The Beatles rumbled through our October reader’s poll, placing in four different spots, but the month’s leader in the clubhouse was Donald Fagen — as the Steely Dan leader issued a long-awaited solo album.
Neil Young’s second collaboration of the year with Crazy Horse, a scalding requiem for the 1960s called Psychedelic Pill, continued into its second month in the voting, moving up one spot.
Beth Hart’s confessional new solo album finished in the Top 5, as did Steve Hackett’s terrific new examination of his time as Genesis’ guitarist in the 1970s.
Two editions from our Sucks Series, one new and one from last year, earned a place as well, as we talk about those times when good bands do unfortunate things: The talk on Bob Dylan was, hands down, October’s most talked about piece, while our 2011 edition on the Beatles continues its Top 10 run.
Speaking of the Fabs, October was certainly their month.
Readers also selected our examination of their newly reissued 1967 album Magical Mystery Tour and an in-depth look into “Oh! Darling,” from 1969’s Abbey Road, as well as our look back into a handful of forgotten gems from Paul McCartney.
Here is the list for October 2012, based on your page views through the month. For more, click through the item’s title …
THE BEATLES – MAGICAL MYSTERY TOUR (1967; 2012 reissue): A so-so soundtrack to a terrible movie is saved by the towering successes of “Penny Lane” and “Strawberry Fields Forever,” a double-sided No. 1 single that was tacked on to Side Two. Wonders of studio wizardry, eccentric and eclectic, spectacular and specific, and perhaps most of all very, very British, these two songs are all but definitive — both for their individual writers in McCartney and Lennon, but also for the band itself. When people say something is “Beatle-esque,” this is what they are talking about. — Nick DeRiso
[SOMETHING ELSE! REWIND: In a companion review, we took an in-depth look at the Beatles’ critically maligned ‘Magical Mystery Tour’ film, which Paul McCartney argues for as a surrealistic experiment.]
GIMME FIVE: SONGS WHERE THE BEATLES, WELL, SUCKED: Major discovery: Beatles songs themed on the word “long” are bad karma — as our heavily debated list includes both the perfectly titled “Long, Long, Long” and treacly “Long and Winding Road.” We called the latter, in a point of deep contention for many Beatles fans, “this syrupy ballad.” Even at three-and-a-half minutes, it seemed to be overly long and, yes, winding. Well, to us, anyway. (Originally posted on December 27, 2011, but still going strong with our readers.) — S. Victor Aaron and Nick DeRiso
RON MILES, WITH BILL FRISELL AND BRIAN BLADE – QUIVER [LIVE] (2012): Ron Miles, without making a bunch of loud, weird noises, has become one of the most eloquently unique trumpet players of the last twenty years. This Denver, Colorado bred and based trumpeter and composer has a dialect on his horn similar to the unembellished, thoughtful approach of Dave Douglas with a tone that sometimes recalls Lester Bowie, only softer. He’s brought it successfully into a variety of settings within and outside jazz, but this new trio record featuring Bill Frisell might be the purest essence of Miles’ artistry. — S. Victor Aaron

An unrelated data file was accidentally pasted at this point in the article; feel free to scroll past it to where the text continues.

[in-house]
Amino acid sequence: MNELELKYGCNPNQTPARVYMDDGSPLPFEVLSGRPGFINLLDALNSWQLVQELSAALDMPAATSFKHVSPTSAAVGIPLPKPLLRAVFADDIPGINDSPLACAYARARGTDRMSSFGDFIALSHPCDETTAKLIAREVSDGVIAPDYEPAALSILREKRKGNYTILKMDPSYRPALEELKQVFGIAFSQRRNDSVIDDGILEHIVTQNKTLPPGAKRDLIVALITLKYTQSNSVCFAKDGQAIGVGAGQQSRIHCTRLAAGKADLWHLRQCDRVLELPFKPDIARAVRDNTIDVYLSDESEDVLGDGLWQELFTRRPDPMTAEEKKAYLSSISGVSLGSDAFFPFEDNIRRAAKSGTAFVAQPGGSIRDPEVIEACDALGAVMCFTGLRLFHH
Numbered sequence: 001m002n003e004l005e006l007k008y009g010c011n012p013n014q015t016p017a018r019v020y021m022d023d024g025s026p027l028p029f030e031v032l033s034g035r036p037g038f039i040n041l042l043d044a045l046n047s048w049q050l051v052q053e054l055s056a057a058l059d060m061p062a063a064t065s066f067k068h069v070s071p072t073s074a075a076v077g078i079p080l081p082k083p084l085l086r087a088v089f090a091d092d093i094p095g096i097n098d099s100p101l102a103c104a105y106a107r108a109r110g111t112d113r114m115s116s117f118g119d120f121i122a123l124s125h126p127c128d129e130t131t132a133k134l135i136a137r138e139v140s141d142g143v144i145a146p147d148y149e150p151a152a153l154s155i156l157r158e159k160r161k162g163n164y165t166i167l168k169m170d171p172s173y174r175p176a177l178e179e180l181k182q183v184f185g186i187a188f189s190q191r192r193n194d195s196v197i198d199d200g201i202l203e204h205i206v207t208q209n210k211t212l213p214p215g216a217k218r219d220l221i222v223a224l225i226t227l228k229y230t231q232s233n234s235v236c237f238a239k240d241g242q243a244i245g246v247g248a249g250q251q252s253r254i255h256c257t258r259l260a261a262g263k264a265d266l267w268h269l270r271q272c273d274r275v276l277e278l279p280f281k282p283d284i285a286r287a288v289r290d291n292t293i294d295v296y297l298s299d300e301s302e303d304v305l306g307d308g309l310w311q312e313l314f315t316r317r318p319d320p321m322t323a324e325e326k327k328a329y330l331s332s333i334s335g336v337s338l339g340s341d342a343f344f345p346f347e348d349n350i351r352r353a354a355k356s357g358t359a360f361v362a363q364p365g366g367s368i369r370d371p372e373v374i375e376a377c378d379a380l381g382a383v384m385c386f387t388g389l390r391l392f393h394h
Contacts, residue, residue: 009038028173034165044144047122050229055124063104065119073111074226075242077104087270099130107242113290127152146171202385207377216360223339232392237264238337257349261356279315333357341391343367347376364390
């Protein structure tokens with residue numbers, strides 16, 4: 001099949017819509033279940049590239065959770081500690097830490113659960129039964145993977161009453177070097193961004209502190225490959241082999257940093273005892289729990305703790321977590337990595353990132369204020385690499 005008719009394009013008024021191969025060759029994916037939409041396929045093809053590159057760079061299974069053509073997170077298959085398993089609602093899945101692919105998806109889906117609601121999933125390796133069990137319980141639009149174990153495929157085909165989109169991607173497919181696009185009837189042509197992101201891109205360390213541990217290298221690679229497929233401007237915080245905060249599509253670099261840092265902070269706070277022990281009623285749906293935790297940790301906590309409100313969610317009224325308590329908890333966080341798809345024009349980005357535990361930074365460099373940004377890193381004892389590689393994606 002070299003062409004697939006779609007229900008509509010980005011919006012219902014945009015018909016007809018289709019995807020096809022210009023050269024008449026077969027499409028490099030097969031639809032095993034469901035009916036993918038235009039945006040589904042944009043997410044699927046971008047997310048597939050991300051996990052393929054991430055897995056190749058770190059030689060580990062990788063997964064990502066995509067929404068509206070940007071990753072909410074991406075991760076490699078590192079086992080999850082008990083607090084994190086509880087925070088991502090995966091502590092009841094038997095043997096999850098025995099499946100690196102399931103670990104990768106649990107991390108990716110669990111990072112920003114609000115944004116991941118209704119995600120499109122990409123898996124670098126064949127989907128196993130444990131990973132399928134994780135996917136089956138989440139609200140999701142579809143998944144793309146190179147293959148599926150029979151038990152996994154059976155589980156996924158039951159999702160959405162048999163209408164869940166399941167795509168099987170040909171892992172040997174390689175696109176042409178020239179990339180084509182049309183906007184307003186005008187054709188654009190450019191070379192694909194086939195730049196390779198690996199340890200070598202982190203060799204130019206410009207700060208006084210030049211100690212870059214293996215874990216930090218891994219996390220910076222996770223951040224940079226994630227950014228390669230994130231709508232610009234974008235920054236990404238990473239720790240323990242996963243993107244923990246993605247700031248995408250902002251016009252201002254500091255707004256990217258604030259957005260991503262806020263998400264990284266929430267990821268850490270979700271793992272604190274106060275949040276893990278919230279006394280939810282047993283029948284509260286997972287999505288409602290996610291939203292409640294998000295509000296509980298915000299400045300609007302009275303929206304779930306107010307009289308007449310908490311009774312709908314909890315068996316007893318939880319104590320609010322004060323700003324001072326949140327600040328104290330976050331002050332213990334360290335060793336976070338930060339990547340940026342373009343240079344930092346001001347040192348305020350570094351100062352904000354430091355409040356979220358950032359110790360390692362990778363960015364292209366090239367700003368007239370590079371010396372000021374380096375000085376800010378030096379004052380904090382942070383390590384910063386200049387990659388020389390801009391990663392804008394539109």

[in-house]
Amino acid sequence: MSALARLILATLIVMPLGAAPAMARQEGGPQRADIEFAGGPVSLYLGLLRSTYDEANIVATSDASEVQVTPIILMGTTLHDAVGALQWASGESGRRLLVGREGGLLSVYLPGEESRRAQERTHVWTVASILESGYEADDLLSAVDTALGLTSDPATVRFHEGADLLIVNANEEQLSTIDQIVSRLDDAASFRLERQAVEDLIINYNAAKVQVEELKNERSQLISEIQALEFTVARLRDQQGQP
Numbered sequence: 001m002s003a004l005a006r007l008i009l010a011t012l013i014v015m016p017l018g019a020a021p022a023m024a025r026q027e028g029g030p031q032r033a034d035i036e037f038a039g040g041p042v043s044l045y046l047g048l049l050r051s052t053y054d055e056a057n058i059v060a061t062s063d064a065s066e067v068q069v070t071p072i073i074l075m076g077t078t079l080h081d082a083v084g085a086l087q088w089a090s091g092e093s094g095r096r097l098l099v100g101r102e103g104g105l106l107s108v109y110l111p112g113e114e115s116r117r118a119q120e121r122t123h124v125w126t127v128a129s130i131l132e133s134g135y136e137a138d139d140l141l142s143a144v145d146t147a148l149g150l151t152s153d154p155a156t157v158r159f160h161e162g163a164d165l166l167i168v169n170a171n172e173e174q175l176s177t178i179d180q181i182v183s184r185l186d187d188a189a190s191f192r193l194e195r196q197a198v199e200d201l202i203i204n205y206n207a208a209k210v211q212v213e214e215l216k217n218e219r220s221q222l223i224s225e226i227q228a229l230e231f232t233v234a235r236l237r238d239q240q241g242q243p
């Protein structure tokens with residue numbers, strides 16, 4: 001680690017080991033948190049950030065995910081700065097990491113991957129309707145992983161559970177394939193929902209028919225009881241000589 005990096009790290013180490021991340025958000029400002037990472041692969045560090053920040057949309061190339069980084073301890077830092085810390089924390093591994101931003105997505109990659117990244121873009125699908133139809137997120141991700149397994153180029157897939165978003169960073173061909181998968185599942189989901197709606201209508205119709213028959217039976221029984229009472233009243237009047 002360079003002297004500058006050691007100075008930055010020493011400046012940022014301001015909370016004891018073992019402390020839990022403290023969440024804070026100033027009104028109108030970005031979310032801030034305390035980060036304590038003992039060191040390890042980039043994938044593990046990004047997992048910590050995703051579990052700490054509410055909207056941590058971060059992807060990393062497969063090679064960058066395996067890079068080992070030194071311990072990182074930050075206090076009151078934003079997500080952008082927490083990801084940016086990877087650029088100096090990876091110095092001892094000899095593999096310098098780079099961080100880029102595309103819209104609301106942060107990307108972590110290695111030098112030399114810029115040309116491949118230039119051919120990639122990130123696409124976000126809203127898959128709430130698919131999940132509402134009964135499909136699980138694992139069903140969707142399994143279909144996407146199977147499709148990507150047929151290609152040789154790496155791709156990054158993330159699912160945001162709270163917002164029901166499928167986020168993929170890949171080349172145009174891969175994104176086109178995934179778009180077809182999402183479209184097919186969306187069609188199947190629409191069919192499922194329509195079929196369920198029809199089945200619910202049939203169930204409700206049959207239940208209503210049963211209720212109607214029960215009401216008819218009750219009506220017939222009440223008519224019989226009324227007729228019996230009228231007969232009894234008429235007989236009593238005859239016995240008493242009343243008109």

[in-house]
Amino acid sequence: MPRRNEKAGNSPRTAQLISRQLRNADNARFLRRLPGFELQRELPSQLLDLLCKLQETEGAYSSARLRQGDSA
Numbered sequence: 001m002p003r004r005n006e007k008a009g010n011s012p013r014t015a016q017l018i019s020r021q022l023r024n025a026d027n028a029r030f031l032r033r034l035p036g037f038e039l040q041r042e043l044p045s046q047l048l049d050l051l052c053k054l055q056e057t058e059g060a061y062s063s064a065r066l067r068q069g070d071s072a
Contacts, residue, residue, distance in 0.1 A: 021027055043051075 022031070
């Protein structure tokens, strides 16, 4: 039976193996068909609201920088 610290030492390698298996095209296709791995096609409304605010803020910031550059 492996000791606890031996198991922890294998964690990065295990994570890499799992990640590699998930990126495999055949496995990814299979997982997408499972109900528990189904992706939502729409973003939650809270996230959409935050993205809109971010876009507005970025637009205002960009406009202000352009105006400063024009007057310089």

DEEP CUTS: FORGOTTEN FAVORITES FROM PAUL McCARTNEY: You’ve heard the hits, from the sublime (“Maybe I’m Amazed,” “Junior’s Farm,” “Band on the Run”) to the ridiculous (“Let ‘Em In,” “Ebony and Ivory,” the perfectly named “So Bad”). But what of those tucked-away gems by Paul McCartney? Let us assure you, after digging past the dreck and tossing away the tossed-off sides, it’s true: Love doesn’t come in a minute. Sometimes, it seemed like it wouldn’t come at all. But we kept going, and found these — our handful of forgotten favorites from Paul McCartney’s post-Beatles output. — Nick DeRiso
[SOMETHING ELSE! REWIND: S. Victor Aaron, Nick DeRiso and Beverly Paterson reconsider ‘Back to the Egg,’ an overlooked gem from Paul McCartney and Wings.]
DEEP BEATLES: OH! DARLING: The stereotype stands to this day: John Lennon wrote the rockers, Paul McCartney the love songs. But the Abbey Road track “Oh! Darling” challenged this notion by having McCartney write and sing the blues. Lennon said later that he wished he had sung lead, as it represented one of his “typical” songs. McCartney’s performance, however, convincingly conveys longing and heartbreak. McCartney brings out his most robust singing style, paying homage to Domino and Howlin’ Wolf with just a touch of Elvis Presley. Instead of his usual smooth style, McCartney allows some hoarseness to make the blues-soaked track sound more authentic. — Kit O’Toole